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Hunter Commission was a commission appointed by British
Government to review the progress of education in the country
since the Wood Dispatch of 1854.
Hunter Commission was set up in 1882 under the chairmanship of
This Commission emphasized its recommendations on its Primary
and Secondary Education.
AIMS AND OBJECTIVES:
The commission was appointed with the following aims:
To enquire into the manner in which effect had been given to the
principles of the Despatch of 1854.
To assess the position of primary education in India and to
suggest measures for its reform.
To enquire into the position of the State institutions and their
To evaluate the work of missionaries in the field of education.
To enquire into Government attitude towards private enterprise.
The Commission also undertook an enquiry into the conditions
of secondary education and to suggest measures for its
Primary education should be regarded as education of the
Education should be able to train the people for self-
Medium of Instruction in primary education should be the mother
Appointment of teachers should be made by the district authority
and approved by the government.
Spread of primary education for the tribal and backward people
should be the responsibility of the Government.
Fees should be example to students on the basis of their
School houses and furniture's should be simple and
Normal Schools should be established for the training of
Curriculum should include useful subjects like agriculture,
elements of natural and physical science and the native
method of arithmetic and measurement etc.
School equipments should be economical and less
The administrative responsibility on Secondary education
should be handed over to the efficient and educated people.
English should remain as medium of instruction in the
The fees charged in aided secondary schools should be
considerably lower than the fees charged in Government
The Commission had also made recommendation in regard to higher
education. These recommendations may be summed up under the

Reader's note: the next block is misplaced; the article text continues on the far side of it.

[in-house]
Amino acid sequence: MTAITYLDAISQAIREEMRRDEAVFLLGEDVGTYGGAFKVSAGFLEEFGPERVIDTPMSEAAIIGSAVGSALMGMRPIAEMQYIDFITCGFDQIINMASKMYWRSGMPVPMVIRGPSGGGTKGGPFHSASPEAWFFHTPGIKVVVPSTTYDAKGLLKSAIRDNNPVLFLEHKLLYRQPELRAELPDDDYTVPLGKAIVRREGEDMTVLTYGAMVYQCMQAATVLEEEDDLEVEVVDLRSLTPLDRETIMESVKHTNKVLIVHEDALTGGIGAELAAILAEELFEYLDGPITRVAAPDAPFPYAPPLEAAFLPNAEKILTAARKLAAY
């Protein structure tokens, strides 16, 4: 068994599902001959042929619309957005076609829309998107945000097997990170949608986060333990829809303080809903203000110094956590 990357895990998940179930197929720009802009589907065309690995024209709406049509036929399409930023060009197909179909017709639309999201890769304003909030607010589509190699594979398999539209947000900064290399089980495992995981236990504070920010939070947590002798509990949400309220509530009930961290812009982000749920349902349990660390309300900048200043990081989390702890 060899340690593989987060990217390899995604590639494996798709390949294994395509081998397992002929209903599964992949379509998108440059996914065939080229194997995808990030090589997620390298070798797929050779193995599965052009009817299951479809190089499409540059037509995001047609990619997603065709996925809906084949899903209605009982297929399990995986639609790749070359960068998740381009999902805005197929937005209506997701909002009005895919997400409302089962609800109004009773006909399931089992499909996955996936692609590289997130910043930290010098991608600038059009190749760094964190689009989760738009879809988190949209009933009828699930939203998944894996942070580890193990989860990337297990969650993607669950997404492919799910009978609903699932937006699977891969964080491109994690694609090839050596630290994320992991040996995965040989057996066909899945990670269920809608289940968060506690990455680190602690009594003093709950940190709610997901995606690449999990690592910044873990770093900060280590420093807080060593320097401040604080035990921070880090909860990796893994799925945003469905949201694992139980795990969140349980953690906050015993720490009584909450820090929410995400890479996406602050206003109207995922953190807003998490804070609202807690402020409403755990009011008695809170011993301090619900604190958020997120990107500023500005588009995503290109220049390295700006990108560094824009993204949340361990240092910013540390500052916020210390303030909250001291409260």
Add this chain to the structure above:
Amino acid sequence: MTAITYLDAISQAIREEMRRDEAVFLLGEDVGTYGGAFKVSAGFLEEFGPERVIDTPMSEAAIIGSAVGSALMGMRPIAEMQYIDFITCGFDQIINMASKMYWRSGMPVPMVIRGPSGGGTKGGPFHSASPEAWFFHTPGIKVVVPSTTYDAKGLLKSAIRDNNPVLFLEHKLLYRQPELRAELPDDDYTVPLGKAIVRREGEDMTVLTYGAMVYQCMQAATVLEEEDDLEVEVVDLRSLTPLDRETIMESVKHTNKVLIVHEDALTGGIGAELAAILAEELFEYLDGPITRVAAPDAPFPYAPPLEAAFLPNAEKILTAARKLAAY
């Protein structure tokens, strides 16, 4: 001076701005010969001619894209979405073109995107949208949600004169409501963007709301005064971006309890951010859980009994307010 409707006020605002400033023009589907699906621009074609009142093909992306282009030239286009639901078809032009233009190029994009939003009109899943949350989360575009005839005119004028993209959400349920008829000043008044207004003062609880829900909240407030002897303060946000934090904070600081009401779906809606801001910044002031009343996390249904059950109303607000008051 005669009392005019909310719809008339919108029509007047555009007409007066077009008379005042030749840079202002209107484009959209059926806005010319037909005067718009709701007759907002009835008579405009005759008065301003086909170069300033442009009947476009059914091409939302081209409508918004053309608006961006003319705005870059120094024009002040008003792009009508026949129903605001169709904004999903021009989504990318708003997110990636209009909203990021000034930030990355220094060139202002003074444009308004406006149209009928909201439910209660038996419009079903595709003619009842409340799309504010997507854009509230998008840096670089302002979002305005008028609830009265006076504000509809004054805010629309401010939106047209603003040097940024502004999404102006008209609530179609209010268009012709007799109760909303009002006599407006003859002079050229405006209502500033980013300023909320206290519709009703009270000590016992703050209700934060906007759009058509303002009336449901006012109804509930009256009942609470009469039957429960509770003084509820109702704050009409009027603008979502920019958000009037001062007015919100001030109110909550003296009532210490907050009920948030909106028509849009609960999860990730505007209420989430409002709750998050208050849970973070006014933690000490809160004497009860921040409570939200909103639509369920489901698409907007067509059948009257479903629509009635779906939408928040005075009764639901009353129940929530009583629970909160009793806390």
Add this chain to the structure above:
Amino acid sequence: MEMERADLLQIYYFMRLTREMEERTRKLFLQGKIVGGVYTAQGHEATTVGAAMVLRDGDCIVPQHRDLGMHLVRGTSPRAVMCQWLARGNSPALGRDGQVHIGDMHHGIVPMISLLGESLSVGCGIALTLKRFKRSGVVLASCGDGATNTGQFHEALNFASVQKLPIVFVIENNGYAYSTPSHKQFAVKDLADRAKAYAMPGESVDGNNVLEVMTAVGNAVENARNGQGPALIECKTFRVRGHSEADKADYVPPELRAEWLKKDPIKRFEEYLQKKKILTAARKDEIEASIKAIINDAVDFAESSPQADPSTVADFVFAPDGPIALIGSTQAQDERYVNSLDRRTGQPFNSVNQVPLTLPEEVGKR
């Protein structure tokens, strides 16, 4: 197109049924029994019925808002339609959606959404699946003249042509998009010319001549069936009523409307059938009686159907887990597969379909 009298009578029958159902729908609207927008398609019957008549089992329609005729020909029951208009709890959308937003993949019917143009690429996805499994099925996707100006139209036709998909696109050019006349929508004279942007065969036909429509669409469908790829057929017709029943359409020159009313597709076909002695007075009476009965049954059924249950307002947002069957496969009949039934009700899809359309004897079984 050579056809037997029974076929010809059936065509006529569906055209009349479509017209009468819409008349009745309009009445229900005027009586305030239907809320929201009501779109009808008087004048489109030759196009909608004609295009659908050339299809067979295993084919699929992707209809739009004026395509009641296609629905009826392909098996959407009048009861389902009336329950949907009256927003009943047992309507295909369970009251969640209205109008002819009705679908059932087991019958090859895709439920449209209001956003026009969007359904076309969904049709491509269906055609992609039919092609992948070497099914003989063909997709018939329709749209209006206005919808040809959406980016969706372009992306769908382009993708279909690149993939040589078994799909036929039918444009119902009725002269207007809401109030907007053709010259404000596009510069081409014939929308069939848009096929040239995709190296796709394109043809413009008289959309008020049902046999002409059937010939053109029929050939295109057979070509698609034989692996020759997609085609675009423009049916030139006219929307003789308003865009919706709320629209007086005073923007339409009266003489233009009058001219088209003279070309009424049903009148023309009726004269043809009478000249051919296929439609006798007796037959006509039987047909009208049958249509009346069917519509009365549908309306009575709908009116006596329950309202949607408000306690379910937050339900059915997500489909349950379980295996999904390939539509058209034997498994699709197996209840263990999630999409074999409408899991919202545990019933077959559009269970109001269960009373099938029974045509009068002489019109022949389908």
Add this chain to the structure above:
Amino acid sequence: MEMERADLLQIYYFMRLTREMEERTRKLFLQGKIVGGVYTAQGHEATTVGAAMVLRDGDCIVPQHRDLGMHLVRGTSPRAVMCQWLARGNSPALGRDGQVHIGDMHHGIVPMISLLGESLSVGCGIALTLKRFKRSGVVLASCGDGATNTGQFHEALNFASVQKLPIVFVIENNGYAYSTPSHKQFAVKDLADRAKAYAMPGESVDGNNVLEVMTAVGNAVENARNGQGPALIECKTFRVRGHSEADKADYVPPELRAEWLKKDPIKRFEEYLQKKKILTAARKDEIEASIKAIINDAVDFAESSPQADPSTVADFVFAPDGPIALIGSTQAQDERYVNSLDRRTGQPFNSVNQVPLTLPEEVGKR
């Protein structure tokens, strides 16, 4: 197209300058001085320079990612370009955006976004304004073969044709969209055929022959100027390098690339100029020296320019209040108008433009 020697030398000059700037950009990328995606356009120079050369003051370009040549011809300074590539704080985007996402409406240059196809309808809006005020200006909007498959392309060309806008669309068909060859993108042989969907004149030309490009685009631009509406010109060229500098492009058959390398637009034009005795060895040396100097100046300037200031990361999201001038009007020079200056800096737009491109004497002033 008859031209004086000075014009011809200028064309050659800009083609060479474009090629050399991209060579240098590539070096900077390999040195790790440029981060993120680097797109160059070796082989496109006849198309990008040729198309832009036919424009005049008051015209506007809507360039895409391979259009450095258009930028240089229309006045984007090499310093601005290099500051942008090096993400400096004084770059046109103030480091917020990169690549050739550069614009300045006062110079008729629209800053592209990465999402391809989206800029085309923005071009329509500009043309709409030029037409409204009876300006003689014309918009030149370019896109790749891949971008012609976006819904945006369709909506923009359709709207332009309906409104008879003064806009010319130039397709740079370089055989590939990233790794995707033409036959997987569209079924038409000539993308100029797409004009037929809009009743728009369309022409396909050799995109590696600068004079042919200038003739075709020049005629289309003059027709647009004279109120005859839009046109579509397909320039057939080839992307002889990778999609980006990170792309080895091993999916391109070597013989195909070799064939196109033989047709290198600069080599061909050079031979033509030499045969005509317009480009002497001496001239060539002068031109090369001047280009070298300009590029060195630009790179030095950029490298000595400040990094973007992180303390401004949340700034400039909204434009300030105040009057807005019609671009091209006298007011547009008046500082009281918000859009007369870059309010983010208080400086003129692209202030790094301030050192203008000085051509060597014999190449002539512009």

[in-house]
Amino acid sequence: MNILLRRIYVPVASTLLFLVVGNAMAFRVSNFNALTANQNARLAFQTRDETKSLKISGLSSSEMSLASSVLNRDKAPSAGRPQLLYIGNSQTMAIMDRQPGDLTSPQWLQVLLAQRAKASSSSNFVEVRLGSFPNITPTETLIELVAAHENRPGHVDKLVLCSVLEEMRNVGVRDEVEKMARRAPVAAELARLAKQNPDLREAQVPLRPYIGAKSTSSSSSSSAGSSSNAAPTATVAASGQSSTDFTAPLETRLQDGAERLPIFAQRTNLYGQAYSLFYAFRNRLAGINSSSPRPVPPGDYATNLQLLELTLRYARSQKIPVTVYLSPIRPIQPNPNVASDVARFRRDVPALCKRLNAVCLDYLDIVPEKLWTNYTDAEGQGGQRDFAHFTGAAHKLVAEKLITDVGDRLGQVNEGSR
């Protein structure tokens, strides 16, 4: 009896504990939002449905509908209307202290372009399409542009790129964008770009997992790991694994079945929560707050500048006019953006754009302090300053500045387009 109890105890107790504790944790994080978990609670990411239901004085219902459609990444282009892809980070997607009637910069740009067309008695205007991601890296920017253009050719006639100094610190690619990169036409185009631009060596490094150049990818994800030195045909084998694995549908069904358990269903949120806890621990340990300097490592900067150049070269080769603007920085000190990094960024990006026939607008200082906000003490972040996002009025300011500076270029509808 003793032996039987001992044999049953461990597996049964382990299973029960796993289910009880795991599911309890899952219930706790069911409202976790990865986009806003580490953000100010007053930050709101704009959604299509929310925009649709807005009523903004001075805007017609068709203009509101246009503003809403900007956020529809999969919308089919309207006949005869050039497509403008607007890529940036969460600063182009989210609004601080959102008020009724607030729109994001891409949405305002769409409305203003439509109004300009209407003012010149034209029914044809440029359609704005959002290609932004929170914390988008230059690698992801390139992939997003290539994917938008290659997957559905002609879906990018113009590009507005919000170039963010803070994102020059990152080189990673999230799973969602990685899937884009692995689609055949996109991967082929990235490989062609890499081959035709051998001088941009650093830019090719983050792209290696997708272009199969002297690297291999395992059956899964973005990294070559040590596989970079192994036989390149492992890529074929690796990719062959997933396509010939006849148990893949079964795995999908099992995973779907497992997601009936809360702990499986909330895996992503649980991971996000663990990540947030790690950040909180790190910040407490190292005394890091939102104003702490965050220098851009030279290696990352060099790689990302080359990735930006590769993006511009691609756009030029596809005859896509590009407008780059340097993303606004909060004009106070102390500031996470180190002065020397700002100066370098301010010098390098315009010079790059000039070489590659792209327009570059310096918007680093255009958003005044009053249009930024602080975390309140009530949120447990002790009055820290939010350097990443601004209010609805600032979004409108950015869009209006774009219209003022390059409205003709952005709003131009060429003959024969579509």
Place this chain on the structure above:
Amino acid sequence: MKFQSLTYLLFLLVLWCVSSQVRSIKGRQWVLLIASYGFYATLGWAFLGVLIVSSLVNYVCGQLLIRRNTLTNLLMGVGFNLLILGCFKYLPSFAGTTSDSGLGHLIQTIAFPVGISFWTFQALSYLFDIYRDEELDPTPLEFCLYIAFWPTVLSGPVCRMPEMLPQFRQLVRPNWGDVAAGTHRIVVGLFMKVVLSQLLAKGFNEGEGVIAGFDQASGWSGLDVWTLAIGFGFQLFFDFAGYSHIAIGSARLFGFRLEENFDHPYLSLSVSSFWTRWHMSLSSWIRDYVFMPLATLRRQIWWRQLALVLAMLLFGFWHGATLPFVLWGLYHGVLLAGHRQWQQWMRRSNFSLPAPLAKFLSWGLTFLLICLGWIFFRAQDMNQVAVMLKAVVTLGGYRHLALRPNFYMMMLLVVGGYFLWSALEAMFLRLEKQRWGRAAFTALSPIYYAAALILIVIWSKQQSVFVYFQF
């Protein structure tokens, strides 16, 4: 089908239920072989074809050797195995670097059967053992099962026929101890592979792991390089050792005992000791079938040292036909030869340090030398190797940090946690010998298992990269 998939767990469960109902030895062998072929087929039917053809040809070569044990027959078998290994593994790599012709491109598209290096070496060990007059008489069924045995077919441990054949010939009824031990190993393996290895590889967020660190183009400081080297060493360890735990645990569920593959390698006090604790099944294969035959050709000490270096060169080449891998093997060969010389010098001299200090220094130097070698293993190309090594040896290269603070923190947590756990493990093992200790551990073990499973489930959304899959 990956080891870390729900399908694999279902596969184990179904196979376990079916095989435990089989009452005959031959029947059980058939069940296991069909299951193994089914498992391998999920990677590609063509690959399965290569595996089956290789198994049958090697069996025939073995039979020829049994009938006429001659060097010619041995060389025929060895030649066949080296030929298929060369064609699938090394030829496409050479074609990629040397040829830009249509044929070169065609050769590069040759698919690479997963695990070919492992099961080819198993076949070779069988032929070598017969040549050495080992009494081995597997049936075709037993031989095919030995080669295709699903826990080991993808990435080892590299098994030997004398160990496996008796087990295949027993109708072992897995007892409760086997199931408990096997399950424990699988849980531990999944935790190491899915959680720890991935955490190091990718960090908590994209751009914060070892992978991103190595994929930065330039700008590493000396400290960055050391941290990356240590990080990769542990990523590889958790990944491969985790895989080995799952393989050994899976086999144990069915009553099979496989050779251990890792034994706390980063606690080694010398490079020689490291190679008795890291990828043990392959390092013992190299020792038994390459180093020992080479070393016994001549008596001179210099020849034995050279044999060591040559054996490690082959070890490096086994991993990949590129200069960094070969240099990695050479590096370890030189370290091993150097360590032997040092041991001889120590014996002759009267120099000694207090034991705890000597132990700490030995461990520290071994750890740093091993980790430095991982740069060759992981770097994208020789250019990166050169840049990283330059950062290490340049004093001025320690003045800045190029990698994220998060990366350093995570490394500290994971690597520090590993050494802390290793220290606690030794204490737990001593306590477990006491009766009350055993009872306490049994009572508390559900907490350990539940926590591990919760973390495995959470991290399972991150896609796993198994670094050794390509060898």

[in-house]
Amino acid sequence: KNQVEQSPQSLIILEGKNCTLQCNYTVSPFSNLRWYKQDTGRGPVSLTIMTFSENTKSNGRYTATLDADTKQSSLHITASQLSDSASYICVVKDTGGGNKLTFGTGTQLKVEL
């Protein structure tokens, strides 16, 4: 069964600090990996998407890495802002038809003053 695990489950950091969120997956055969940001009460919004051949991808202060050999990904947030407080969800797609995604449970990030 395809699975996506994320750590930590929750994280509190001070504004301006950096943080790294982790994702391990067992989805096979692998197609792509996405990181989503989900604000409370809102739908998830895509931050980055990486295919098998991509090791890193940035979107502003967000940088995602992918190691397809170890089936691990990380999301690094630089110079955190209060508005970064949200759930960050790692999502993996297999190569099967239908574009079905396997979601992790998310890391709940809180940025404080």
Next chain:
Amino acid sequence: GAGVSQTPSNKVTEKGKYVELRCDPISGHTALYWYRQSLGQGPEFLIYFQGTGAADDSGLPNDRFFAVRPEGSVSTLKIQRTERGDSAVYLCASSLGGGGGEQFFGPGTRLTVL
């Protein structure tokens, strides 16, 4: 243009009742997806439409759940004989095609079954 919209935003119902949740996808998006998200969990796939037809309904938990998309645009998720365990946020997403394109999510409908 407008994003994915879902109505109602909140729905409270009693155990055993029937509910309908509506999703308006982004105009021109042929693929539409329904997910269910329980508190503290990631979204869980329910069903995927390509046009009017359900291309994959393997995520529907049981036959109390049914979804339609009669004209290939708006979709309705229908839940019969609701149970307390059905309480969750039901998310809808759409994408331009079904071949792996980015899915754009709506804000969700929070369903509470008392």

While giving grants-in-aid to the colleges, the number of the
teachers, expenditures of the college, efficiency and local needs
must also be kept in mind.
Such varied and vast curricular should be arranged in these colleges
so that the students must have the subject of there choice and
The number of students receiving free education should be limited.
Private colleges should be authorized to receive lesser fee as
compared to the Government colleges
While appointing teachers such Indians should be preferred who
The number of inspectors in every Province should
be raised so that every institution may be
As far as possible Indians should be appointed on
the post of District Inspector of Schools.
As far as possible the Inspector of the Primary
Arrangements of Public Funds.
Appointment of lady teachers.
Appointment of lady inspectresses.
Free education for women.
Different curriculum for girls.
Decent arrangement of hostels for girls.
Liberal Grant-in-aid for girl education.
Special arrangement for education of ‘Pardah’
Arrangements for Secondary Education.
The commission recommended that every effort
should be made to popularize Muslim education.
Special funds should be allocated for it.
More scholarships should be given to Muslim
students as they are unable to pay the fee.
Education of Backward Classes:
Children of these tribes were not being charged any fee.
The education of students should be such as may help them to
establish contact with their neighbors.
It was also recommended that subjects taught should be of the most
It was made recommendatory on the part of school teachers and
inspectors to make judicious effects to remove caste prejudices.
Religious education of any sort should not be given in the
Religious education may be imparted in the private
institutions and the Government shall have nothing to do
While giving grant-in-aid to institutions imparting religious
Strengths of Hunter Commission
It was the first commission which gave wide and comprehensive
This commission gave some important suggestion for
improvement of Muslim education.
The progress in primary schools from 1882 to 1901 was
displayed by number of students in them, rising from 22 million
in 1882 to 32 million in 1901.
In the secondary school, this number increased from 42,993 in
1886 to 6,33,728 in 1901
in the colleges, the number of students increased from 11,501 in
1886 to 23,009 in 1901
. Weaknesses of Hunter Commission
Transfer of the control of primary education to the inexperienced
Failure to introduce compulsory primary education.
Inadequate grant from the Provincial government as only one-third
of the total expenditure was given as grant to the local bodies.